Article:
They’re also starting to offer a range of eco-friendly products, designing bikes for those on a low budget to encourage cycling over driving. Overall, they’re a good company with a great track record.

They’re known for their generous lifetime warranties on frames and 2-year warranties on parts – which we’ll go into in more detail a little later.

Trek offers bikes across a huge price range – from around $450-$500 dollars, right through to $12,000 or more. That covers all skill levels – from beginner to pro – and they also make bikes for kids.

Trek offers a big range, so they’re not as specialized as, say, Evil (who produces a small range of bikes suited for tougher trails, like Evil the Wreckoning ). They’re quite close in terms of quality and price to Santa Cruz and Giant (you can read more about how Trek compares to Giant in our brand comparison here ).

You could also compare them to Diamondback in terms of quality, although Diamondback doesn’t offer as many entry-level options as Trek.

What kind of bike is the Trek FX 3 Disc?

The FX 3 Disc is a hybrid bike, designed to be used on your commute, on pavements, or on rail trail. It’s super-lightweight, which makes it ideal for public transport. It’s ideal if you want to get fit and get places quickly at the same time.

It has an entry-level price point. There are cheaper bikes out there, of course, but this strikes a nice balance between quality materials and a low price. It’s designed to be easy to use, with great brakes that work really well on pavements, even if it’s pouring with rain.

It’s a really simple-looking bike. If you want a bike that looks distinctive, or you’re after a ‘status symbol’ bike, this won’t be the one for you. If you want something that looks simple and sleek and functions well, it’s a good choice.

Trek FX 3 Disc

The main features of the Trek FX 3 Disc

Now, we’ll look at the FX 3 Disc in more detail.

What is it made from?

  • The frame is made from aluminum, which helps to keep it light. The whole bike weighs 11.74kg (or 25.88lbs) – that’s for the medium size.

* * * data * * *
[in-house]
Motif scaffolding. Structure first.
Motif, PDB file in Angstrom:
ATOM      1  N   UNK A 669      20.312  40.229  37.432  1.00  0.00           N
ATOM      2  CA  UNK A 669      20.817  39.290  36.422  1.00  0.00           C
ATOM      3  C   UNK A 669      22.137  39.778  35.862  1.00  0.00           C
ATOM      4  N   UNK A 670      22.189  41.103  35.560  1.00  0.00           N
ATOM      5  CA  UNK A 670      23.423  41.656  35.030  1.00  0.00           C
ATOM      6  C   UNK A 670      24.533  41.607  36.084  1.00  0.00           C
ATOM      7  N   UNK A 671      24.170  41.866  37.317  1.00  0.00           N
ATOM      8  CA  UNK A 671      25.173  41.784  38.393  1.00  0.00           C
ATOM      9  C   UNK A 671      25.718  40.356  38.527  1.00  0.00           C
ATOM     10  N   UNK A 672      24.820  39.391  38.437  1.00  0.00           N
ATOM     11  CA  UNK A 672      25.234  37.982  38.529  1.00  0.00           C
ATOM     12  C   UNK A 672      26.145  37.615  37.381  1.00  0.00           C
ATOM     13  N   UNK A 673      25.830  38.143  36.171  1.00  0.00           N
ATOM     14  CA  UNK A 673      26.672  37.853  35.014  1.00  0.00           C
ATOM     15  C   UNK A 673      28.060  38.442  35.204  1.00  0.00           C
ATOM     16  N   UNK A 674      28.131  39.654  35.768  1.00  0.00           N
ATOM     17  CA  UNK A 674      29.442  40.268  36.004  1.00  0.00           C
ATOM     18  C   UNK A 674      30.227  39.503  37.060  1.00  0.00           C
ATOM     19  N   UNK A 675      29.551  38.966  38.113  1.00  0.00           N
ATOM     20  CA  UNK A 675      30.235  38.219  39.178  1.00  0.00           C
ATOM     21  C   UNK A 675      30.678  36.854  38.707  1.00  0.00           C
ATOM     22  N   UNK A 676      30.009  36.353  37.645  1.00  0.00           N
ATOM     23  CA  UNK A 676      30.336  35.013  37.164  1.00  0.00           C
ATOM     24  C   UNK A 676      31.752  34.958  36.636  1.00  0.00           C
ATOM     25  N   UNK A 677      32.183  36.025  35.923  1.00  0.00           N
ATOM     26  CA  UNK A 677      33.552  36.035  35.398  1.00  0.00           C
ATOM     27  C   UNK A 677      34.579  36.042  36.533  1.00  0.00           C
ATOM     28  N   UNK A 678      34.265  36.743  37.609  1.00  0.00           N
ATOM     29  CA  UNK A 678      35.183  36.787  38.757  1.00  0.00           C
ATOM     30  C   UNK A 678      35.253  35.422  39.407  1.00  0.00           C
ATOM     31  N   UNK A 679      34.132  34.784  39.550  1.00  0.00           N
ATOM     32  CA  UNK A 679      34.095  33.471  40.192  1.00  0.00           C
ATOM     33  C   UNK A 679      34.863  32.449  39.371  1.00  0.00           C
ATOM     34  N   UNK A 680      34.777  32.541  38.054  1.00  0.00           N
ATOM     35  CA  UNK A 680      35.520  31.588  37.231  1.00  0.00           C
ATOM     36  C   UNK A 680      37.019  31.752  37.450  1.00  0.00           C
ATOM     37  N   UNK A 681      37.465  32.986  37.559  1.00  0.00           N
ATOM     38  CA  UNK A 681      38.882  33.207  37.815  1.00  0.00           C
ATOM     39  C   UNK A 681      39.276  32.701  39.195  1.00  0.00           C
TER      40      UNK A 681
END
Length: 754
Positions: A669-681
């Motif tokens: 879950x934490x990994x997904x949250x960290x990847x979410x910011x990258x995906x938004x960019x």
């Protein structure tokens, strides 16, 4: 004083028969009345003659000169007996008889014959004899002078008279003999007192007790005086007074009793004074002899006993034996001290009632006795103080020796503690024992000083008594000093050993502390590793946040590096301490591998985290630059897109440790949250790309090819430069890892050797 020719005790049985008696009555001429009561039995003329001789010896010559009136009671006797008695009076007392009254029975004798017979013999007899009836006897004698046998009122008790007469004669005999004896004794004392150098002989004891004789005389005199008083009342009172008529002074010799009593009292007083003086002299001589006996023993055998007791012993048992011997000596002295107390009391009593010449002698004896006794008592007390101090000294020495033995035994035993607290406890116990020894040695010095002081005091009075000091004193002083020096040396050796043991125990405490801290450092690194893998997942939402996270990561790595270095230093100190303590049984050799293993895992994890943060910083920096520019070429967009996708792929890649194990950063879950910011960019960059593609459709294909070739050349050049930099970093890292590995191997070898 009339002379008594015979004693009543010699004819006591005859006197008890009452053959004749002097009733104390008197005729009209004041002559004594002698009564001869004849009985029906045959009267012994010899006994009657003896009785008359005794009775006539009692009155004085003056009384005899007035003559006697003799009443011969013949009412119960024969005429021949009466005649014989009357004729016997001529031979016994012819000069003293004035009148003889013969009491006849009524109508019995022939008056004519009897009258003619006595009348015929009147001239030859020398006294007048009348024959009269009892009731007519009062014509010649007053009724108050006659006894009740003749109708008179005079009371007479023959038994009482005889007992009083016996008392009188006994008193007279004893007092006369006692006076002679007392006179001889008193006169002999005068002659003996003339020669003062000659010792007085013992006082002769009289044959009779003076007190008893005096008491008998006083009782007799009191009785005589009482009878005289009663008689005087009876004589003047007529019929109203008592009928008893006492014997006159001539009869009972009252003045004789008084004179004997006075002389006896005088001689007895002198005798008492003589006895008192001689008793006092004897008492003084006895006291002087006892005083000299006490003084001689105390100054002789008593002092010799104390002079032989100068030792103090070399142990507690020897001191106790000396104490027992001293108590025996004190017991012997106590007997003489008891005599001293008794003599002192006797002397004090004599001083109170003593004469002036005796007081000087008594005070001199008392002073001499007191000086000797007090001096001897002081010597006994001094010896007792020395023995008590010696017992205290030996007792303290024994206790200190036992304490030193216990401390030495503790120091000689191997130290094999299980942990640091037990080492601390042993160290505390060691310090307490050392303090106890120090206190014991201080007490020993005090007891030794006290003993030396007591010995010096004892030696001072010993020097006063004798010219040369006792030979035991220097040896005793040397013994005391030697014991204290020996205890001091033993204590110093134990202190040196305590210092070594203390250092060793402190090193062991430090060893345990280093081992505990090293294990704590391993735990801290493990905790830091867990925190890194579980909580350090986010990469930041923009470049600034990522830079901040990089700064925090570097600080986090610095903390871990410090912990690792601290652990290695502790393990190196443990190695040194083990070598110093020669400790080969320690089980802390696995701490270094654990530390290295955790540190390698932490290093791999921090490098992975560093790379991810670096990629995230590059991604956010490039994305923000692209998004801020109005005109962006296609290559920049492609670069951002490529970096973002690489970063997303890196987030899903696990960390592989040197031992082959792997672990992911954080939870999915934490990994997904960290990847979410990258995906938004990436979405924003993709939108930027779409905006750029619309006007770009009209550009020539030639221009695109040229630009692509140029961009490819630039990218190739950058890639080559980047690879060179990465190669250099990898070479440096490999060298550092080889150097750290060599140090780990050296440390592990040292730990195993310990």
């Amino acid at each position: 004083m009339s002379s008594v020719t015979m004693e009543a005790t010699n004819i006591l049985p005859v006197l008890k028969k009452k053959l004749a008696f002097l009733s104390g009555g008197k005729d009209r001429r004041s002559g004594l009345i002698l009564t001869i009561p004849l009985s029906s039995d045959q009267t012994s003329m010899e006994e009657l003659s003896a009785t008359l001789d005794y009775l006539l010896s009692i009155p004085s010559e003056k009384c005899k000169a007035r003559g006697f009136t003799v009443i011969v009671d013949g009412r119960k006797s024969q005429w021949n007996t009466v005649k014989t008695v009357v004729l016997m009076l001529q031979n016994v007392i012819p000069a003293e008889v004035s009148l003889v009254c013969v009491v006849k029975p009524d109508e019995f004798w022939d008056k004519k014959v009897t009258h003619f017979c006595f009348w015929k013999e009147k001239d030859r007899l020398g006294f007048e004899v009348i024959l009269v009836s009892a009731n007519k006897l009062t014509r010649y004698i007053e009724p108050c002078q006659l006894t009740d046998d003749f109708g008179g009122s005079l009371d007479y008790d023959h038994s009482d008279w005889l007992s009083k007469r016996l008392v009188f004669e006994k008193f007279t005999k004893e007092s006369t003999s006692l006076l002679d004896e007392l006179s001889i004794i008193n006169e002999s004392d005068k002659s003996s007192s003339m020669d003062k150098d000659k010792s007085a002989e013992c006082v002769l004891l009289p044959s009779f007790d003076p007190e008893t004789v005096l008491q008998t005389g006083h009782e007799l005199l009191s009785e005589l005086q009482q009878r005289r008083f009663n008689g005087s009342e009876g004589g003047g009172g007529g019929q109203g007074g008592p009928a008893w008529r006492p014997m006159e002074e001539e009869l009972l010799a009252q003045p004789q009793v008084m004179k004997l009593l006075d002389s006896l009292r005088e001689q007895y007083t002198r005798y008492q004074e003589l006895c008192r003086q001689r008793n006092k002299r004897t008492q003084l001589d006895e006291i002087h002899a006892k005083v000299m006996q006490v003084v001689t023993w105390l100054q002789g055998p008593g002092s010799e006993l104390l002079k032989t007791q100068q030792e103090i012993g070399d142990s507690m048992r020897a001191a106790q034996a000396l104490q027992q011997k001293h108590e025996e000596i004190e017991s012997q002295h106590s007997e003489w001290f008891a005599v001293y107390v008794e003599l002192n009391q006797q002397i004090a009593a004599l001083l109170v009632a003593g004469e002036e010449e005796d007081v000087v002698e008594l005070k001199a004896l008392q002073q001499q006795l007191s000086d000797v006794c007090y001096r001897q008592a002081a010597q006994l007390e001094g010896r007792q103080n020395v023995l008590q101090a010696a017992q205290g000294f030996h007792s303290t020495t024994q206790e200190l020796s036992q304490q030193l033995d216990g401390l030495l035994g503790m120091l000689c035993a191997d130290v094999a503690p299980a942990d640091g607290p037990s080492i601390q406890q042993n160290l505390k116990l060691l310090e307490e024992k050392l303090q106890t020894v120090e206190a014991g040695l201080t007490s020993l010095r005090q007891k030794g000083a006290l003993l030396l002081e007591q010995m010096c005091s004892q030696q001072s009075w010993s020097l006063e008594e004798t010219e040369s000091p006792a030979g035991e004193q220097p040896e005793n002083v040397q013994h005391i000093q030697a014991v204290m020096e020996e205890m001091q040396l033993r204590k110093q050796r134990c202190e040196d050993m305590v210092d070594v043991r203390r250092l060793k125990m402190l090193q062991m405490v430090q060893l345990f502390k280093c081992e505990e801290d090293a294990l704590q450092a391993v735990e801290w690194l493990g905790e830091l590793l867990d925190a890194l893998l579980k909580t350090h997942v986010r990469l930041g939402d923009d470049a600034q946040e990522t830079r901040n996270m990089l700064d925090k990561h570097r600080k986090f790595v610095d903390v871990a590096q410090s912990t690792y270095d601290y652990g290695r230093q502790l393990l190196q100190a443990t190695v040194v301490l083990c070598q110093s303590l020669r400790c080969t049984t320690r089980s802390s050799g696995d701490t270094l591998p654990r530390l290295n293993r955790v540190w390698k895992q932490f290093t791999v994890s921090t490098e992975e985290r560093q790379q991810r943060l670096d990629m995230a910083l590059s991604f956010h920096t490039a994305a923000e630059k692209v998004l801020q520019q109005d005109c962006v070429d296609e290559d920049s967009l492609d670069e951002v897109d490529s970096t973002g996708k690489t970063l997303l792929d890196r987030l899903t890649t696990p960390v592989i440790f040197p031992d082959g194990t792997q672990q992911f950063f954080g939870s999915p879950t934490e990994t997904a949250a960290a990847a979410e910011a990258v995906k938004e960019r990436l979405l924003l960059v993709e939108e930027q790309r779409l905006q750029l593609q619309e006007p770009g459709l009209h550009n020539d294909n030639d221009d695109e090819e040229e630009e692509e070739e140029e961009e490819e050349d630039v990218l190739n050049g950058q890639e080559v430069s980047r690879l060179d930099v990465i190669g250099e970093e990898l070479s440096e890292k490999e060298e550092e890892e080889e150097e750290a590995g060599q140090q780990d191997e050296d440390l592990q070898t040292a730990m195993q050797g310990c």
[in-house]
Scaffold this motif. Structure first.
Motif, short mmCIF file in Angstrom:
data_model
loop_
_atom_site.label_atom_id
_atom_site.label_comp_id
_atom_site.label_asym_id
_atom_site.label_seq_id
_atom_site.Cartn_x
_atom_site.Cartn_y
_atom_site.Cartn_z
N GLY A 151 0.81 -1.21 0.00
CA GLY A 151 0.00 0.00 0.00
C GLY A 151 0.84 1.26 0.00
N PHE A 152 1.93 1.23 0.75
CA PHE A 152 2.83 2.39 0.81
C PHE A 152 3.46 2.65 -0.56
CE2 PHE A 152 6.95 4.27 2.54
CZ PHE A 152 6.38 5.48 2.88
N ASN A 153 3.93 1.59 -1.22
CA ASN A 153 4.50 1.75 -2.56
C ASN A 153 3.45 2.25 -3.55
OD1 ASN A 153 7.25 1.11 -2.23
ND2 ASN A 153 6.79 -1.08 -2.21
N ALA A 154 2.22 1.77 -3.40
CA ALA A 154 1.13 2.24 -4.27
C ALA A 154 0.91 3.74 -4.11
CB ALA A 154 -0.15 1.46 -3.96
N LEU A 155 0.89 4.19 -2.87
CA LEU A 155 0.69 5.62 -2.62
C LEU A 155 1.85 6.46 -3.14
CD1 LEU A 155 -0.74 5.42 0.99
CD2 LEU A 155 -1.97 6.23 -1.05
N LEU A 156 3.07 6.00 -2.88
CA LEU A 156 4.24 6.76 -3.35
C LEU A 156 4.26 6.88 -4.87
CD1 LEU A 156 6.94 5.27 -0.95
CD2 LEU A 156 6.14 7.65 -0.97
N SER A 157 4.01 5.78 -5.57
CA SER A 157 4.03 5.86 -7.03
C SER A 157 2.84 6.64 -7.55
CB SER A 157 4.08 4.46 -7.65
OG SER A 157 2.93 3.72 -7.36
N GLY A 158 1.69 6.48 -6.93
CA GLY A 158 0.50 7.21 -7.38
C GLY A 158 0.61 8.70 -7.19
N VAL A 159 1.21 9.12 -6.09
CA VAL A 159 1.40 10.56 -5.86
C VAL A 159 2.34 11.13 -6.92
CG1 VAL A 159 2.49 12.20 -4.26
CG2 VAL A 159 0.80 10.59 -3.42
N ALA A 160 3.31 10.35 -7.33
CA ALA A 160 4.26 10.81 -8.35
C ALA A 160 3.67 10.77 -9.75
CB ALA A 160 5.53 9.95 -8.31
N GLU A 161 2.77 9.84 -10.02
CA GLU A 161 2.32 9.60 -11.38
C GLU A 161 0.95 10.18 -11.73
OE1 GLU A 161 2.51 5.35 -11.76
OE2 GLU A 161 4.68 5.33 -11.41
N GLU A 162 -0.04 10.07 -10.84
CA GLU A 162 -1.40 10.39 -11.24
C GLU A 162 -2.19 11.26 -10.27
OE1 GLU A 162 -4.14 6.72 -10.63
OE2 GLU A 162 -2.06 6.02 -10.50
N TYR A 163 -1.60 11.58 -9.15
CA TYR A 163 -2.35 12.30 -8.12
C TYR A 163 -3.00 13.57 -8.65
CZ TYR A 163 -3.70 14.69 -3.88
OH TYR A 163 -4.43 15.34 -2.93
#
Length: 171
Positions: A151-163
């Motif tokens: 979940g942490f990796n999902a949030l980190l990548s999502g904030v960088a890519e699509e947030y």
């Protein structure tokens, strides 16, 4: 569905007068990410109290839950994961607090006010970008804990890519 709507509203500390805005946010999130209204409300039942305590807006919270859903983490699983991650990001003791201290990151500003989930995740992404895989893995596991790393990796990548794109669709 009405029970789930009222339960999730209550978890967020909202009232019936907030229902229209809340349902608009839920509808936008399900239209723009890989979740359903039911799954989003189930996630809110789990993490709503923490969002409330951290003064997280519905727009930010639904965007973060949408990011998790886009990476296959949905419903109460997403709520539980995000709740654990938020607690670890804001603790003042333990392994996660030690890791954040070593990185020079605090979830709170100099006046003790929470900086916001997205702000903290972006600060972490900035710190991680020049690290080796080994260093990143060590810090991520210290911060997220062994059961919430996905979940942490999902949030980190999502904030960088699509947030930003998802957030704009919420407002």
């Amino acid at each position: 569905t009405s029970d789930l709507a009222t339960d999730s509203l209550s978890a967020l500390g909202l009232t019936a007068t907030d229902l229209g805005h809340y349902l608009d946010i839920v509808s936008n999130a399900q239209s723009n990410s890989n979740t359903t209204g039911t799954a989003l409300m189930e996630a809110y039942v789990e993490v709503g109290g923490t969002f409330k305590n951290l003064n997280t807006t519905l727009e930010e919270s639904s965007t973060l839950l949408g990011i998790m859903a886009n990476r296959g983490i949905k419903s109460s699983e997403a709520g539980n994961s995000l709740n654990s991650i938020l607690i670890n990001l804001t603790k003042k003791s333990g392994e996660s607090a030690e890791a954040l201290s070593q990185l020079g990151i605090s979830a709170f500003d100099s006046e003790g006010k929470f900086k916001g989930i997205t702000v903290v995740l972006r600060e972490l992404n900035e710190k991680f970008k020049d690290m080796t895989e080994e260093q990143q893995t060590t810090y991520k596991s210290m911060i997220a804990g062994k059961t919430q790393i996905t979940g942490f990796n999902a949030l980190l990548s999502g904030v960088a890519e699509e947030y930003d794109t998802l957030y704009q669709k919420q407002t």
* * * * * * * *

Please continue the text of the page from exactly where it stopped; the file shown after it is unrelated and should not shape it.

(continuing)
• There are five sizes to choose from, from S through to 2XL.
  • It comes in two colors – Dnister Black or Rage Red.

What are the wheels like?

The wheels consist of Bontrager Tubeless Ready Disc 32-hole rims, and Bontrager H2 Hard-Case Lite tires.

The tires are designed to work really well on pavements (even in slippery, rainy weather). They’re tough and puncture-resistant, so if you were to accidentally ride over something sharp, you won’t have to worry about dealing with a flat on your way to work.

What other features does it have?

The great thing about the FX 3 Disc is that it has a few extra touches that make it very convenient to use. It has ‘Blendr Stem’ technology – this is a system involving a stem, base, and mount, meaning you can easily install accessories onto your bike. Whether you want to attach lights, a GoPro, or a Satnav, they’ll be secured safely to the frame. You can also attach a water bottle mount and mudguards.

It also integrates a Bluetooth/ANT+ sensor. This allows you to track fitness routes with your computer or smartphone, with no external sensor required.

The frame looks sleek because it has the cables routed internally, which is a nice touch.

It also comes with built-in mounts, meaning you can easily add racks and fenders.

Trek FX 3 Disc

How does it perform?

It’s a very smooth ride on pavements, but it also performs well on gravel and grass.

The excellent brakes mean that users feel safe even if the pavements are uneven or slick with rain – even going downhill at a faster speed, the brakes work really well.

You can go pretty fast with the FX 3 Disc – it compares really well with a specialized road bike in that regard – but you can transition onto other types of terrain, too.

It doesn’t do well on very uneven surfaces – you won’t be able to hit the trail with this bike, as the suspension isn’t designed to deal with big dips or bumps. However, you should be able to deal with slightly bumpy terrain (like gravel or dirt paths) with no problems.

It’s designed to be easy to ride. You don’t have to be an expert with hours of practice to use the FX 3 Disc – perfect for those who want to make a swap for their commute, or those wanting to take up bike riding for exercise.

What are the specifications?

Here are the main specs for the FX 3 Disc:

  • Fork – FX Carbon, rack and fender mounts – flat mount disc
  • Crankset – Shimano MT210 46/30, chainguard, 170mm length (size S,M)/Shimano MT210, 46/30, chainguard, 175mm length (size L, XL, XXL)
  • Derailleurs – Shimano Acera T3000, 34.9mm clamp (front)/Shimano Acera M3000, shadow design, long case (rear)
  • Brakes – Shimano MT201 hydraulic disc, flat mount, 160mm rotor
  • Saddle – Bontrager H1

What is the warranty?

As we mentioned earlier, Trek offers a lifetime warranty against defects in materials or workmanship. The lifetime warranty covers the frameset, main frame, and full suspension swing arms, as well as Bontrager wheels with carbon rims.

Then there’s a 2-year warranty on apparel, parts and accessories, rear suspension linkage components, Bontrager wheels with alloy rims, and paint and decals.

Subsequent owners are entitled to a three-year warranty from the date of purchase from the retailer.

For an extra cost, they offer Trek Carbon Care, to obtain discounts on replacement frames or components in the case of damages that don’t fall under the warranty conditions.

What is the price range for the FX 3 Disc?

The price range is around $800 . This makes it a pretty good entry-level bike. There are some things available at an extra cost – like the Duo Trap S, a sensor that enables pairing with your smartphone or computer.

The FX 3 Disc is suited for: